Elizabeth Thompson, The Montreal Gazette - Premier Jean Charest campaigns from town to town, vaunting that Quebec has now been recognized as a nation, citing it as an example of things he has obtained for Quebec from the federal government.
But Mr. Charest may not have got exactly what he thinks he did when MPs endorsed a motion by Prime Minister Stephen Harper in November, recognizing that the Quebecois form a nation within a united Canada.
Mr. Harper himself has been vague as to what exactly his motion means -- refusing to give a clear definition for the word "Quebecois" or to explain why he used the term Quebecois in the English version of the resolution, rather than the usual Quebecer. He has scrupulously referred to "Quebecois" rather than "Quebecer" in English in his speeches as well.
In 1995, in the aftermath of a razor-thin federalist win in Quebec's sovereignty referendum, Mr. Harper made it very clear that in his mind only those of French Canadian ancestry qualify as Quebecois and that recognizing the Quebecois as a people -- a key element of recognition as a nation -- could set the stage for the partition of Quebec in the event of a vote in favour of sovereignty.
"Obviously given the ethnic and sociocultural make-up of modern Quebec society, only the pure laine Quebecois could arguably be considered a people," Mr. Harper, who was then the Reform Party MP for Calgary West, told the House of Commons on Dec. 11, 1995, during a debate on Quebec's right to self-determination.
"While they constitute a majority of the Quebec population, they do not constitute a majority in each region of Quebec. This produces a curious result, that if the Quebecois pure laine are a people and if they have a right to secede, they could not claim the right to territorial integrity."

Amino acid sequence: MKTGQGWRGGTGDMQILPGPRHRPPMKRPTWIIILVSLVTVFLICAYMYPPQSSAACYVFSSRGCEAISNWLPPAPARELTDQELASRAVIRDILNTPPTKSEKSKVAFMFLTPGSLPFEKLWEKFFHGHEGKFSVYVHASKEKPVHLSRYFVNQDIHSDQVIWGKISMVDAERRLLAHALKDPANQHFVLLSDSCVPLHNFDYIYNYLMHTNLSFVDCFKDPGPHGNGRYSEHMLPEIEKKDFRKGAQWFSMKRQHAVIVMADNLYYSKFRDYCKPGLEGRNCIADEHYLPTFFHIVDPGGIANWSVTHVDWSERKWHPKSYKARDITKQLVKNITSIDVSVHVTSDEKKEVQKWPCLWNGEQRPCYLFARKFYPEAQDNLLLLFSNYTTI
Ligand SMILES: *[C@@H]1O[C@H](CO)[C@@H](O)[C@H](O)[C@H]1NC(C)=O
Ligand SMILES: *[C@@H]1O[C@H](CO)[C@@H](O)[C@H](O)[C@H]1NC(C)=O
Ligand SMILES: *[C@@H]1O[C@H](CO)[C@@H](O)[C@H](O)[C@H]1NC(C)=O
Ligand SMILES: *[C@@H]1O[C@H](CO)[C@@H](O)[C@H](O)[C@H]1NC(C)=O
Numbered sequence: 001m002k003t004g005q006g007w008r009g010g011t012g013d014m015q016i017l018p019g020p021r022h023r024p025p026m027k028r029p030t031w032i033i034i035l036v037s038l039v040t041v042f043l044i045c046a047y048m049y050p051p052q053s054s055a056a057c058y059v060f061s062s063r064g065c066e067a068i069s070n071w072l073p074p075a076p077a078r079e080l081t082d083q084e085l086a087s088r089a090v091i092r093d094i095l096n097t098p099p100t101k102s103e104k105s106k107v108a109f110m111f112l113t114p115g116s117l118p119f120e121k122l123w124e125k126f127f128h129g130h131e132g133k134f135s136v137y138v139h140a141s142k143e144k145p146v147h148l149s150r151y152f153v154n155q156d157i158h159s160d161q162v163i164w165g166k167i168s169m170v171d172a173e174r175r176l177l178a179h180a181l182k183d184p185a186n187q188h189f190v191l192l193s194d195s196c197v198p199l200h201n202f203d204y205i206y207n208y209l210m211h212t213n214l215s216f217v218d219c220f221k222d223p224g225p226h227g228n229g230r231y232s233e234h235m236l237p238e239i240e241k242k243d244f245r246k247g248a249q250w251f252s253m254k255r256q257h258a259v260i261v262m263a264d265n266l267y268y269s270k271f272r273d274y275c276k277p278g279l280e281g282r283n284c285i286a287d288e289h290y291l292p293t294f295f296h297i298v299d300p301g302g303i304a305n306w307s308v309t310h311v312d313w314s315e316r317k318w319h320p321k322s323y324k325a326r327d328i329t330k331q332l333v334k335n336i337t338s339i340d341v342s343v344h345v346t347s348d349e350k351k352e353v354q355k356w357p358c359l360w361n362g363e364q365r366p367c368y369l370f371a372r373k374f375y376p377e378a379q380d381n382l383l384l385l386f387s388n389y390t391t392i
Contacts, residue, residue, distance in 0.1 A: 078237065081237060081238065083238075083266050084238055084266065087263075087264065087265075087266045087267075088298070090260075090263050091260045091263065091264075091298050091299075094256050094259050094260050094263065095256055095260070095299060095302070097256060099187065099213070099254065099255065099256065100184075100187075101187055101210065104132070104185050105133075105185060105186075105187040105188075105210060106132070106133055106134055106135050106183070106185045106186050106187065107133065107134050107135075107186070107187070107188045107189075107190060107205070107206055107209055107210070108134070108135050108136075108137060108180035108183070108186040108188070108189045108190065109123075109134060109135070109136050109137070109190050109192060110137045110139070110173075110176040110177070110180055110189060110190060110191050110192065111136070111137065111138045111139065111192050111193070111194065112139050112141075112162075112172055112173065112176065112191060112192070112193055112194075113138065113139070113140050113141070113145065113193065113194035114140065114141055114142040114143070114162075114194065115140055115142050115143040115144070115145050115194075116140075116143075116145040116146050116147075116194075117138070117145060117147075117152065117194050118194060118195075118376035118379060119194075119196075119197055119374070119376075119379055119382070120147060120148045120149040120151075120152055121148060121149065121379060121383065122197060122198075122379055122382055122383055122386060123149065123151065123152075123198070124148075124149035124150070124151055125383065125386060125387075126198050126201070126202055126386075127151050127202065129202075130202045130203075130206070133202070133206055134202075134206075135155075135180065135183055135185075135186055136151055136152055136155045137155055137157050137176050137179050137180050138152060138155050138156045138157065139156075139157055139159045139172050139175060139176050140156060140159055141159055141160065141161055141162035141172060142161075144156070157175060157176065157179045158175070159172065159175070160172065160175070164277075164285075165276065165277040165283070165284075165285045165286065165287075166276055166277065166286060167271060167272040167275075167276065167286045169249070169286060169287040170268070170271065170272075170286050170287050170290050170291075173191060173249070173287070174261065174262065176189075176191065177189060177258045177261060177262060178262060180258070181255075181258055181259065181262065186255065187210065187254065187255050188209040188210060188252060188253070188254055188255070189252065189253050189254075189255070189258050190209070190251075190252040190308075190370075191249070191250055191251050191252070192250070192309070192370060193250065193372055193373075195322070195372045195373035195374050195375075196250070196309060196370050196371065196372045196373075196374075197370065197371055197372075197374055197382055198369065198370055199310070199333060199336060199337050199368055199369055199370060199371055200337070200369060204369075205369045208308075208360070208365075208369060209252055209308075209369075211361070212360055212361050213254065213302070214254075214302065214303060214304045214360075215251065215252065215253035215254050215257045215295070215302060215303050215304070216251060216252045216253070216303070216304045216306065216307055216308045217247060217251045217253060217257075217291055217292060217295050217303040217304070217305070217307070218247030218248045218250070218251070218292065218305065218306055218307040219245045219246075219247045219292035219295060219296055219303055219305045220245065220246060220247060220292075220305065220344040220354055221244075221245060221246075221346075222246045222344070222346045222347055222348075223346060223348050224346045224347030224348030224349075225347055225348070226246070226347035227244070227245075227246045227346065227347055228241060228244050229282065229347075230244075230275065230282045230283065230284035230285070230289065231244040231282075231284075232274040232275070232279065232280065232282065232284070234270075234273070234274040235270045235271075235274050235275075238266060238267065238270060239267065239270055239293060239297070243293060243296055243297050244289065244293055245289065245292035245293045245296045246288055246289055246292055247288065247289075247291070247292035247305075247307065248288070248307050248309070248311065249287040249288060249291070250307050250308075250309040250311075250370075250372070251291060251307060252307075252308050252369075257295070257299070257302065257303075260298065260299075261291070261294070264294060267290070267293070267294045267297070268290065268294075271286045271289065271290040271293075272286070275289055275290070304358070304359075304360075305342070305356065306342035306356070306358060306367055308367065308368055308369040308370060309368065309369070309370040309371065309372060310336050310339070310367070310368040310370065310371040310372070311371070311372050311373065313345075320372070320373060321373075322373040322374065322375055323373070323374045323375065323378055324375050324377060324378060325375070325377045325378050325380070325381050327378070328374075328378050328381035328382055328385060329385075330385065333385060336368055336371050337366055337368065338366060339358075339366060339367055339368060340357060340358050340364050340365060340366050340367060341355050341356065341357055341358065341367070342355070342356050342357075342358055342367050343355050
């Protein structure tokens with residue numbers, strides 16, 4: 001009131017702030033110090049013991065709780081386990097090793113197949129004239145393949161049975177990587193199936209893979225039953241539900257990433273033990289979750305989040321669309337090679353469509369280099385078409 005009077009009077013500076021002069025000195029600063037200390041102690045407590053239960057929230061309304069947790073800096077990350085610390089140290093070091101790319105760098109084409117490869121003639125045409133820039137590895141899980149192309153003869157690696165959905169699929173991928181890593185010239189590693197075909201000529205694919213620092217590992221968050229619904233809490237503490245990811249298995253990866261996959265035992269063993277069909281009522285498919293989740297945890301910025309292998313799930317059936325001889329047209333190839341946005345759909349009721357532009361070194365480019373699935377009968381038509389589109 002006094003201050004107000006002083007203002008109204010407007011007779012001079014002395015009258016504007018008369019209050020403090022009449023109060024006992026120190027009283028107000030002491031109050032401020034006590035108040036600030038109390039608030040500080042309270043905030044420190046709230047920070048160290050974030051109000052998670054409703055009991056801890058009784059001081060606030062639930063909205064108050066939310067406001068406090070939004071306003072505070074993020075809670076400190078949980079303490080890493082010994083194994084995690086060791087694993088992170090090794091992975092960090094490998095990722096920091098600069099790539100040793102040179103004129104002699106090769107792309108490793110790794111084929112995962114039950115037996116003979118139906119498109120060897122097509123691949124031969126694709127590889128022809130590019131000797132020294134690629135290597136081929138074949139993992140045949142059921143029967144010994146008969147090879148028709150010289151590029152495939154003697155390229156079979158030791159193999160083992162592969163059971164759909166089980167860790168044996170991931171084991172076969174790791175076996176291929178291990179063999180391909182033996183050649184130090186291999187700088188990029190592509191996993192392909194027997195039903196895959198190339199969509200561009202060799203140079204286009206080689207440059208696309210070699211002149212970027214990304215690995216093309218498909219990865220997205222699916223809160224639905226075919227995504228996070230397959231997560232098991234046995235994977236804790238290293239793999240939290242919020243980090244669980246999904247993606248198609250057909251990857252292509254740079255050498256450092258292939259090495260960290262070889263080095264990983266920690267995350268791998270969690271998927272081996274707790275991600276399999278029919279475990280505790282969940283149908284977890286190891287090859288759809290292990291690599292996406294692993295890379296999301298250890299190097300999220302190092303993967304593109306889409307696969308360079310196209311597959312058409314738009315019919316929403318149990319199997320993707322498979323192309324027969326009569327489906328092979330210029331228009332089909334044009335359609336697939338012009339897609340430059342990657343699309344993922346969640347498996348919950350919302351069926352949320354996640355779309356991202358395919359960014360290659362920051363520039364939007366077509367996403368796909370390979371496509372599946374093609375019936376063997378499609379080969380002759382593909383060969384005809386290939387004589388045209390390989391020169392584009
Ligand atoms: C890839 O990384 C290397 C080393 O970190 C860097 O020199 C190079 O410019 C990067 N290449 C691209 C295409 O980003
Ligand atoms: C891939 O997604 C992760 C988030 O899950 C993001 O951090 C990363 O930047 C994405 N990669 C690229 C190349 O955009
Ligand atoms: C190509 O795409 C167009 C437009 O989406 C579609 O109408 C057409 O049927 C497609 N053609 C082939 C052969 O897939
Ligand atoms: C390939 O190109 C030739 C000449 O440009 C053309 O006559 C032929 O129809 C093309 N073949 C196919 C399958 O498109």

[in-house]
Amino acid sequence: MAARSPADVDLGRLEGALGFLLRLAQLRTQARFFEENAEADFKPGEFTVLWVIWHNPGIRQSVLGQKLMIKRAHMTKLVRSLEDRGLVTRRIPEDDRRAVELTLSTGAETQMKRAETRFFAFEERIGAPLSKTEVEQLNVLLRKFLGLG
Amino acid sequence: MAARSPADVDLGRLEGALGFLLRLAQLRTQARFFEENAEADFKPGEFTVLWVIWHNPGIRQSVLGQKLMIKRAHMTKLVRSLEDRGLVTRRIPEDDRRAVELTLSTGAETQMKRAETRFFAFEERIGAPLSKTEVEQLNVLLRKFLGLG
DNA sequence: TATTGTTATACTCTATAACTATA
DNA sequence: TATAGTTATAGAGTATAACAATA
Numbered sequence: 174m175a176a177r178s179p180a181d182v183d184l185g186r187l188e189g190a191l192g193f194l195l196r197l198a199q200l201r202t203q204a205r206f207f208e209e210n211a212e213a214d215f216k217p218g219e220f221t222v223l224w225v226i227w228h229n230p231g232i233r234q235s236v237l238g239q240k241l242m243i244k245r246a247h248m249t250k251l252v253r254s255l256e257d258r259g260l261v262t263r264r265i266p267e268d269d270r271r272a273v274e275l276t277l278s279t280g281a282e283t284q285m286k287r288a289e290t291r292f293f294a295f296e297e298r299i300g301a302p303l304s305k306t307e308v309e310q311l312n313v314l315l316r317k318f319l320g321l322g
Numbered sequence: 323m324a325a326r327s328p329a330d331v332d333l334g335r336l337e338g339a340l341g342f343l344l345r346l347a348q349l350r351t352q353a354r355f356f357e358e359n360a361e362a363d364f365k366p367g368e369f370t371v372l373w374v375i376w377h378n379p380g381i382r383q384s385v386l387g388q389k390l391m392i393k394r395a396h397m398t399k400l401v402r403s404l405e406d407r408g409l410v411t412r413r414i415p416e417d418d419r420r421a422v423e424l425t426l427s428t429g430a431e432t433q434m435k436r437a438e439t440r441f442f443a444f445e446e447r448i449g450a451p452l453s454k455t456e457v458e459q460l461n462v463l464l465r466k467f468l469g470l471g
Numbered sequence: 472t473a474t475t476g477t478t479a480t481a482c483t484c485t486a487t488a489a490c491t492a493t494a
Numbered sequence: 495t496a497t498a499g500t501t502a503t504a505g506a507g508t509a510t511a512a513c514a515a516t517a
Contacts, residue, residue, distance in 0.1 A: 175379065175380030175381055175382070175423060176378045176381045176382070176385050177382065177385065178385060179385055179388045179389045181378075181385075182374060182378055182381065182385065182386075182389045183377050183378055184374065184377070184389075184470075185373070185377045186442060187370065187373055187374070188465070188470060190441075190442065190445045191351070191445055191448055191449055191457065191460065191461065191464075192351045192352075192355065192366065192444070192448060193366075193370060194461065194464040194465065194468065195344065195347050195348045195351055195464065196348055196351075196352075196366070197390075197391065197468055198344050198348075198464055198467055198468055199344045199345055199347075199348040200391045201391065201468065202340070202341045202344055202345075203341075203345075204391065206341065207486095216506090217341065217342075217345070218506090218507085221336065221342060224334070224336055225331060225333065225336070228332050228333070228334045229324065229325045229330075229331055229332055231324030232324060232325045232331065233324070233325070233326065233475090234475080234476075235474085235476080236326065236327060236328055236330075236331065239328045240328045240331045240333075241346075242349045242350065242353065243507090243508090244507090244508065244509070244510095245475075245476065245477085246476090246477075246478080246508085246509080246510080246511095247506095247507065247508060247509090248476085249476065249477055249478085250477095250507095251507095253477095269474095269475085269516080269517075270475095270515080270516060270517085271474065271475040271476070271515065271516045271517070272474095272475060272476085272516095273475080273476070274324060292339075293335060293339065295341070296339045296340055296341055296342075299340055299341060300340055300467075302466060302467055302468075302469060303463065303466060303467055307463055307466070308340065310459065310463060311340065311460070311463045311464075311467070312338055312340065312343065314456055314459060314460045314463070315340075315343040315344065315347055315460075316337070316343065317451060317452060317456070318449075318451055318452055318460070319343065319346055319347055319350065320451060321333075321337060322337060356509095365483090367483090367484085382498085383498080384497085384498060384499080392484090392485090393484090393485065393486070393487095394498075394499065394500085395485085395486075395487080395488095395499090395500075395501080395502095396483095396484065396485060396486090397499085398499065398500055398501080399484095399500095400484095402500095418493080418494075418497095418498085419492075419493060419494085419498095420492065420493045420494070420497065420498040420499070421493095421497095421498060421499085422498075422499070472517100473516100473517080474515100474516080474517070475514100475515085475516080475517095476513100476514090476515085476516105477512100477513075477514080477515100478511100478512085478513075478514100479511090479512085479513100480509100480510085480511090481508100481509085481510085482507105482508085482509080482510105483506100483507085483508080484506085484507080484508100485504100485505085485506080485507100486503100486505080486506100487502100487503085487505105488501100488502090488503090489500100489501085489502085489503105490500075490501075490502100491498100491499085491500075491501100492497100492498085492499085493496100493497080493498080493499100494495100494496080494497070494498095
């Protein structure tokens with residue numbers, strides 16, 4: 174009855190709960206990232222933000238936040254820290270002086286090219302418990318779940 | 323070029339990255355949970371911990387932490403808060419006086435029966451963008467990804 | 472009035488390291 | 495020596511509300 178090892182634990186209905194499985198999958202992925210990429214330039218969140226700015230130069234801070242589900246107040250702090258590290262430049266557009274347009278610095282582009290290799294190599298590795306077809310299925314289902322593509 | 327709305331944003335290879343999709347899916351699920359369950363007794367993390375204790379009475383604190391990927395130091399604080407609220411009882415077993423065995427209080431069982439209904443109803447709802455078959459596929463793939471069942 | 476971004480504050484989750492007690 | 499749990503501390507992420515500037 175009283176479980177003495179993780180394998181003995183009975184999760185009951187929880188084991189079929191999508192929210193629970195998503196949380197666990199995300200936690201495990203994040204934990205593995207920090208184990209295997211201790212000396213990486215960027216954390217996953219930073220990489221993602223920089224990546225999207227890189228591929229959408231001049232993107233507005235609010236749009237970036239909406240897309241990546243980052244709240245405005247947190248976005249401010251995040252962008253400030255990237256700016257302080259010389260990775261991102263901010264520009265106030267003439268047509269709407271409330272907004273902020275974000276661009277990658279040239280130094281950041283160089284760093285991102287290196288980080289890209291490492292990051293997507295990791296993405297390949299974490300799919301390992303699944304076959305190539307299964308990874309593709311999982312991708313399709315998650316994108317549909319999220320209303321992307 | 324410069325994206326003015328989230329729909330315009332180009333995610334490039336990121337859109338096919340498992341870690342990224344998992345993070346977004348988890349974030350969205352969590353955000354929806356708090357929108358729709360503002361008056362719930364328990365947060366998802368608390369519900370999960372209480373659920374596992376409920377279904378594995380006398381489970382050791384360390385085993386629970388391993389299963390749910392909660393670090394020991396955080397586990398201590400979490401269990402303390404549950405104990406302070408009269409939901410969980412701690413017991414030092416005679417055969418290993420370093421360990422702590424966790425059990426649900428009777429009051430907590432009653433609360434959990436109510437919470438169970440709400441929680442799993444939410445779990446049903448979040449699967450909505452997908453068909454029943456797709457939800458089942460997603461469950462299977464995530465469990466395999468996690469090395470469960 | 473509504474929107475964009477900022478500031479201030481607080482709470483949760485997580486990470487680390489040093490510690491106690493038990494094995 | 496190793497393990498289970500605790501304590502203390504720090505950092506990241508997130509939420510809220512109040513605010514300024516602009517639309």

Mr. Harper also questioned if Quebecers could be considered a people under international law, and argued they had no right to self-determination.
Mr. Harper's office did not respond to a question as to whether the prime minister stands by his 1995 statement. But nothing he has said publicly since introducing the motion contradicts that 1995 statement.
Calling into question the territorial integrity of Quebec is another term for partition -- a concept that could see Quebec carved up in the event of a Yes vote, with some areas becoming part of the new country of Quebec and others remaining part of Canada. It is a concept that is often condemned by Quebec politicians.
However, it is also a concept that the Gazette has learned the federal government researched carefully in the months following the 1995 referendum. Mr. Harper's quote, along with those of many other prominent Canadians and Quebecers, is included in a collection of quotes on the subject contained in Privy Council documents on the referendum, which were recently released under the Access to Information Act. At the time the quotes were gathered by Privy Council officials, Liberal leader Stephane Dion was president of the Privy Council and Intergovernmental Affairs minister.
Mr. Harper's statement in the Commons came when Mr. Charest was still a federal politician, leader of the Progressive Conservative Party and MP for the Eastern Townships riding of Sherbrooke. There is no indication in Hansard whether Mr. Charest was in the House when Mr. Harper made the remarks.
The Privy Council documents also contain quotes from Mr. Charest in which he suggests partition would be on the table should Quebec vote for sovereignty.
Speaking to reporters Sunday in Roberval, Mr. Charest said his interpretation of Mr. Harper's motion adopted by Parliament in November is an inclusive one that advances Quebec.
"It is certainly a very important step in the recognition of our identity and it's a very important step in recognizing what Quebec and Canada is about as a country."